Back to Useful Info

Categories of Drug Use

Useful Information

Some people can move between various categories of drug use.

Experimental use

A person tries a drug once or twice out of curiosity but does not use it again. Peer pressure is the primary cause and often involves more socially acceptable drugs like marijuana, nicotine or alcohol. When someone experiments with one of these drugs and the single use does not cause significant harm or immediately turns into addiction, they often develop a false sense of security and later try more dangerous drugs. Experimenting with drugs is NOT harmless.

Recreational/Social use

A person chooses to use a substance for enjoyment, mainly to improve a mood or for a social occasion. Some use it to “party”, while others to “unwind”. Many people will brush this off, thinking, “It’s just a phase”, or that sporadic consumption is not addictive. In reality, drugs of any sort all have the potential for very dangerous effects. Consider laced drugs, risky behaviours, lasting changes to the brain, psychosis, overdose… The short-term pleasurable effects may seem positive on the surface. Still, the fleeting or falsified feelings of confidence, relief and enjoyment tend to establish the start of long-term problems.

Situational use

A person may use a drug to cope with the demands of situations such as responding to peer group pressure, overcoming shyness in a social situation, dealing with some form of stress, either personal or work-related, or even staying awake for exams. This goes hand in hand with people who are looking for drugs to escape situations or cope with sometimes deep-seated issues.

Intensive use

A person may intentionally use a large amount of a drug over a short period of time, which may last for hours, days or sometimes weeks. This user will likely experience physical symptoms of their drug use, like nosebleeds and weight loss. This person’s performance at work may be dwindling, and their relationships with loved ones may be impacted by frequently unpredictable behaviour.

Dependent use

A person is more likely to become dependent on drugs after prolonged or heavy use. Under these circumstances, the person has built a tolerance and needs to take the drug consistently to feel normal and to avoid very uncomfortable withdrawal symptoms. Psychological dependence happens when cravings are controlled by the mental drive to use.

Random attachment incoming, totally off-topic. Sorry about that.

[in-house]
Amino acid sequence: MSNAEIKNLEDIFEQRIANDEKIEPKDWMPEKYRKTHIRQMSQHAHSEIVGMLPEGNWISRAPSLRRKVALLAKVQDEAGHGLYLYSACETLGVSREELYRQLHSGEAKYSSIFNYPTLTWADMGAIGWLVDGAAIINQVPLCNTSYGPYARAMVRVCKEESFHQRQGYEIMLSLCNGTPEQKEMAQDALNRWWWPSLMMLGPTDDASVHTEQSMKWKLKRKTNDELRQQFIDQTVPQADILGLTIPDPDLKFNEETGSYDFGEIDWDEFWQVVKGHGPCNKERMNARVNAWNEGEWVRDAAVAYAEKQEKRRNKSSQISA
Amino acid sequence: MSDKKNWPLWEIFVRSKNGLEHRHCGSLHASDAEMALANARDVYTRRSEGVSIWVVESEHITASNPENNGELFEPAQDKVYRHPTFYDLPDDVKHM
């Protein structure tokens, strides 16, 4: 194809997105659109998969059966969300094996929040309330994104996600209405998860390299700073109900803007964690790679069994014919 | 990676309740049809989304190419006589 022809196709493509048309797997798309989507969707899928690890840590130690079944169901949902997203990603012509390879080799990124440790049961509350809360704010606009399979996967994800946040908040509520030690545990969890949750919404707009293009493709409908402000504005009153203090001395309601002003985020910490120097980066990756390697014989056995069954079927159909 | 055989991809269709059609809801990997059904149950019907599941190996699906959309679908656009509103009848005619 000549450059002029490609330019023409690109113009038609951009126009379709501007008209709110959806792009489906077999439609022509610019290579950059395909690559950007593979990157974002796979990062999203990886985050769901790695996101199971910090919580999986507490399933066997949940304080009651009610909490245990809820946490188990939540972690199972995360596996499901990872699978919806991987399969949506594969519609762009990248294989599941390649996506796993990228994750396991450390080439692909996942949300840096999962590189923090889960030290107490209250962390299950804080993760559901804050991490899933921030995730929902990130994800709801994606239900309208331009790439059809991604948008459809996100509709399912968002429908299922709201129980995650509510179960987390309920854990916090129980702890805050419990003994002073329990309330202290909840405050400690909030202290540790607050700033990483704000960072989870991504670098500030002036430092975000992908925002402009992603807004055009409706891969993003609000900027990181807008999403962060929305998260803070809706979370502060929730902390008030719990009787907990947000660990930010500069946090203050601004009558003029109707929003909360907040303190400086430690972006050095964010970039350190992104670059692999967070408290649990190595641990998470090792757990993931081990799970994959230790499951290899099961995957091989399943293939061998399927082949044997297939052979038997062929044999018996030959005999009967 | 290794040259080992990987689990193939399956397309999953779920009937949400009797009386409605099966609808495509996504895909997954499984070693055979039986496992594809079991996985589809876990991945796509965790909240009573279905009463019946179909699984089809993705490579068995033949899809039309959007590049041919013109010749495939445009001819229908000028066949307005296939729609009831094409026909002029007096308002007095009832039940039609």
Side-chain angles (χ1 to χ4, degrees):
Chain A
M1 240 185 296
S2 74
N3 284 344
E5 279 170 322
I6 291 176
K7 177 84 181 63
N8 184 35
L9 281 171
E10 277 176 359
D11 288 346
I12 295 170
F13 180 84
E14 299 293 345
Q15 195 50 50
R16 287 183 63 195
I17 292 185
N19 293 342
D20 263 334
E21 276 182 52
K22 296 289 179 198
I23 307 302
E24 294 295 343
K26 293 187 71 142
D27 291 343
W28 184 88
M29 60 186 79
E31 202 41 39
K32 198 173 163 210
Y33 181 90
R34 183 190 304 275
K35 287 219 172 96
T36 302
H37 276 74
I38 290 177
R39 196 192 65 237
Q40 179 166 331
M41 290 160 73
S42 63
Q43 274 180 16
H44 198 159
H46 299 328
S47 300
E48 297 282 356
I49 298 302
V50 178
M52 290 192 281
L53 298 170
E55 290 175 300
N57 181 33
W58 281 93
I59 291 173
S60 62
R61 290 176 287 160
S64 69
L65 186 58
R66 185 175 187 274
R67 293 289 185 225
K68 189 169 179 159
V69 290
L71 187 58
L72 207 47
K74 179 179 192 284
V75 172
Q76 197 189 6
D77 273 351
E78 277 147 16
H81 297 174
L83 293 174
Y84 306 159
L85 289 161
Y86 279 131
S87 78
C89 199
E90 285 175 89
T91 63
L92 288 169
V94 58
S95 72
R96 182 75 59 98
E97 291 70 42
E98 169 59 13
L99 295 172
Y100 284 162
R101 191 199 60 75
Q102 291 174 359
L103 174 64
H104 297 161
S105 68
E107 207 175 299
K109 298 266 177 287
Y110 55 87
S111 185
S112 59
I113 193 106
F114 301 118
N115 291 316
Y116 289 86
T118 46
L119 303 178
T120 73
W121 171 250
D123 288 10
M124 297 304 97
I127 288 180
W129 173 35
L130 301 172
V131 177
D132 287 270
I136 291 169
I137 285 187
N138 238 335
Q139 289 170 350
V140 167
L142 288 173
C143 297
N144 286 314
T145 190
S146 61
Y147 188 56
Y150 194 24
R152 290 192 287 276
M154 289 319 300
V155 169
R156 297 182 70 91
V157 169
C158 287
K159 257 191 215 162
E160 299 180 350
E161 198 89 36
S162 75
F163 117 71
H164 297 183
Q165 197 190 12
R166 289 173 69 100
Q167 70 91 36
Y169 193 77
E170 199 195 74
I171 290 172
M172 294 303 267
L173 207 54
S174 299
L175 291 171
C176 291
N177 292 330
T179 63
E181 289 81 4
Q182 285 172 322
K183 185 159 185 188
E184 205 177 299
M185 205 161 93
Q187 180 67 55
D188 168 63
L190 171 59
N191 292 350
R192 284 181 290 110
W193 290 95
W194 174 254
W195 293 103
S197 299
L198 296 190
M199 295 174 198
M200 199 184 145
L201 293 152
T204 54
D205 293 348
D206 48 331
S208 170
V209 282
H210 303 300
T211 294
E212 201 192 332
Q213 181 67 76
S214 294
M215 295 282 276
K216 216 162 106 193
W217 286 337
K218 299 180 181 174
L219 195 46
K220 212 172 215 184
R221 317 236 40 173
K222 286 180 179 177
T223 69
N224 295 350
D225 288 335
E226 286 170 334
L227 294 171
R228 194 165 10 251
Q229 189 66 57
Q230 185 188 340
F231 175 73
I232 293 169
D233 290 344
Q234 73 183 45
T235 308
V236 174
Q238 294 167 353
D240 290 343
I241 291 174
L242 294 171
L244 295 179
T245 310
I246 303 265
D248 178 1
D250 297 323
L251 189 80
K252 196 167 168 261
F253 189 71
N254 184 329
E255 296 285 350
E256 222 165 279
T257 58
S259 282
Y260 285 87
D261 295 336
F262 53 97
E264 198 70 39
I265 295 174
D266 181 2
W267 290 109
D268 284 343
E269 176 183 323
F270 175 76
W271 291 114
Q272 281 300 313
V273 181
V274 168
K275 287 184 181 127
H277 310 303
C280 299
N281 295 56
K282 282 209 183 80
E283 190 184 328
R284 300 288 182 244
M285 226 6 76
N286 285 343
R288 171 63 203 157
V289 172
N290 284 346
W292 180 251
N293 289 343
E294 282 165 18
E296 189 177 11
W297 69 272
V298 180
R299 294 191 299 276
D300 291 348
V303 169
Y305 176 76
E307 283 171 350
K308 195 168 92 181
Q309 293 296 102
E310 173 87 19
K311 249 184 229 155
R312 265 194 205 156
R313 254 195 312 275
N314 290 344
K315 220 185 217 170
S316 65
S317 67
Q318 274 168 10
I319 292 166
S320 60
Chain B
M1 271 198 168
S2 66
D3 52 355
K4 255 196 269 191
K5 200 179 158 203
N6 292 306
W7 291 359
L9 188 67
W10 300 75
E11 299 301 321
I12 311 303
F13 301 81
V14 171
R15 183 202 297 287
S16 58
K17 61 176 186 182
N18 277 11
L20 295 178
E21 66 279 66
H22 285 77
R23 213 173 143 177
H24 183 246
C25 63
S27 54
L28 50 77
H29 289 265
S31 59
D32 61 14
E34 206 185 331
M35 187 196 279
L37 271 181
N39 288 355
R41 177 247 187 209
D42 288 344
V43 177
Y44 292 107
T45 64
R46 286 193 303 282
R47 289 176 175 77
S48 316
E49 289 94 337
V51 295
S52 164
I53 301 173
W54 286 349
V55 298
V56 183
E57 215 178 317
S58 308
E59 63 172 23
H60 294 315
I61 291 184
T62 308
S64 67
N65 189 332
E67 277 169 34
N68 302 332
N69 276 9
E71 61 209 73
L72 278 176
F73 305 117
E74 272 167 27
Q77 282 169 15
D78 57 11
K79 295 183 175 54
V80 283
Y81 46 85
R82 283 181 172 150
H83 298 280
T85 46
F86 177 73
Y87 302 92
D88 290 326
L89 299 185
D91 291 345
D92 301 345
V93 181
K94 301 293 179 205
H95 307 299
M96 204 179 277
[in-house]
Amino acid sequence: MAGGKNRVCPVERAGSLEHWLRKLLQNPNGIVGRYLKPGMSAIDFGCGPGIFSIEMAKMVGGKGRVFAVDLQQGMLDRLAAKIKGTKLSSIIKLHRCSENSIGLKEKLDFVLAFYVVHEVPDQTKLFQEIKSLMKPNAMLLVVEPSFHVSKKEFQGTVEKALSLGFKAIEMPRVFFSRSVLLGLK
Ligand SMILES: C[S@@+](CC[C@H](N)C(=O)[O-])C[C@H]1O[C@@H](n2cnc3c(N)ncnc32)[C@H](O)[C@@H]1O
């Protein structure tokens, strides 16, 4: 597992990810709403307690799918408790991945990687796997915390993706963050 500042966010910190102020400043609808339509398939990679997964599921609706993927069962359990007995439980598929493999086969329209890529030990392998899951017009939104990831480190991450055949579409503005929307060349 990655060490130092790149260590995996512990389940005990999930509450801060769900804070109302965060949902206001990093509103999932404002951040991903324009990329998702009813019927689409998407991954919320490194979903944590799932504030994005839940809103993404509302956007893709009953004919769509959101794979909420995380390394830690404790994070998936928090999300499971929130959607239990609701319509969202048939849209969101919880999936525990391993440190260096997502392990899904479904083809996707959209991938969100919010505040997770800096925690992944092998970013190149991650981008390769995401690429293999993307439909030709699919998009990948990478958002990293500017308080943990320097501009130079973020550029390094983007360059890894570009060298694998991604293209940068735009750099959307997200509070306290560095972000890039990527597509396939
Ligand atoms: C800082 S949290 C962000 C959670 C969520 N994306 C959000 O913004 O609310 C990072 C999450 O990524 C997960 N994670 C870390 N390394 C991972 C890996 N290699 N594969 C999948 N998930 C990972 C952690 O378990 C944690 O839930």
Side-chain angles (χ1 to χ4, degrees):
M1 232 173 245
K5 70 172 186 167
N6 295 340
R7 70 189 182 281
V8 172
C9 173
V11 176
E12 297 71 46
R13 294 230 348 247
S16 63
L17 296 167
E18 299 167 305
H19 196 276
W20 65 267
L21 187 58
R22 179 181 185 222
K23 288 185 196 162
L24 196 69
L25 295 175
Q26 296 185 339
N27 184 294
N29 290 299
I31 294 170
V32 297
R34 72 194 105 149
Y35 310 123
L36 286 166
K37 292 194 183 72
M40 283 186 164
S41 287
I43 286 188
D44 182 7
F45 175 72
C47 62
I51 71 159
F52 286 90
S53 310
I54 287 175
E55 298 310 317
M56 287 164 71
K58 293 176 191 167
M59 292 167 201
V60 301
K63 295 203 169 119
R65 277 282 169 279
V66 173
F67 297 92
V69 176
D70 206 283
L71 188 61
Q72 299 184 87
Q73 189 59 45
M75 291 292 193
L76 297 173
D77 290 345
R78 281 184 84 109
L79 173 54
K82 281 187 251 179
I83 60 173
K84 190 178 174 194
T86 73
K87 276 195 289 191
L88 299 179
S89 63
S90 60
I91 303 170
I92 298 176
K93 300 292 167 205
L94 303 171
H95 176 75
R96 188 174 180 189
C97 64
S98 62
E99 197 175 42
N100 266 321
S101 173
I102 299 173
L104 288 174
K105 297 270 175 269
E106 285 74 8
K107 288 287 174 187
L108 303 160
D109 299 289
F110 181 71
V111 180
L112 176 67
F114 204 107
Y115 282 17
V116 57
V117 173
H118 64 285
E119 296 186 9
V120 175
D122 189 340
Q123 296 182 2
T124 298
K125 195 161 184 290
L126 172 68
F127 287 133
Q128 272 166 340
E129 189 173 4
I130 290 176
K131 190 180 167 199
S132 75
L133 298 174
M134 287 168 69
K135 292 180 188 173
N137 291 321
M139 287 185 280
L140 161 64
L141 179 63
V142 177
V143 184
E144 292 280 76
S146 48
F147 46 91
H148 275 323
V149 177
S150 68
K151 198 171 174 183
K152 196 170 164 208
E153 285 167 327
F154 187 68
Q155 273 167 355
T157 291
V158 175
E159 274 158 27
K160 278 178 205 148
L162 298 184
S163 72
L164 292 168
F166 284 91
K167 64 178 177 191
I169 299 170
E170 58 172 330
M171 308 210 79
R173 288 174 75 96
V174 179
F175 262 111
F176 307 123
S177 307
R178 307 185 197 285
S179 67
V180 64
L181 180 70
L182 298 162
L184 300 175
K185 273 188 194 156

Dependant users continue despite drastically negative consequences, cannot function without their drug, have abandoned personal relationships, have issues with the law, and their lives are in danger.

When physical dependence occurs, it means the person will go through withdrawal responses when they are unable to ingest their drug of choice. These withdrawals can range from light cravings to severe cravings with significant pain.

Is there hope?

Yes. The redemption process of recovery from addiction can begin at any phase of drug use. A good program involves truth, love, behavioural therapy, and experiential counselling. 

We are here to help.

Call us on 087 133 4357 or
Email us at:

More Useful Info

Why Do People Use Drugs?

Useful Information

Why do people start doing drugs or addictive substances in the first place? Everyone knows that drugs are dangerous and a difficult habit to kick, but that doesn’t stop them. Drugs affect people of all ages, genders, races, and socioeconomic statuses. Various reasons put some individuals at risk of addictive substances use and its consequences, ... Read more
Read More

Signs of Addiction

Useful Information

Most people assume it is easy to recognise substance abuse, but it is more widespread than people realise. Users are likely do anything to keep it secret while falling deeper into the dark cycles long before a loved one notices. Here are some warning signs of addiction: Sudden Mood or Personality Changes Mood swings aren’t ... Read more
Read More

Cold Therapy

Useful Information

Introducing a new feature to our programme that is ‘making waves’ in the world of mental health and well-being – cold therapy. The Mental Benefits of Cold Therapy Cold therapy, also known as cryotherapy, is recognised for its physical benefits. However, its mental health benefits are equally noteworthy and supported by research. Stress Reduction One ... Read more
Read More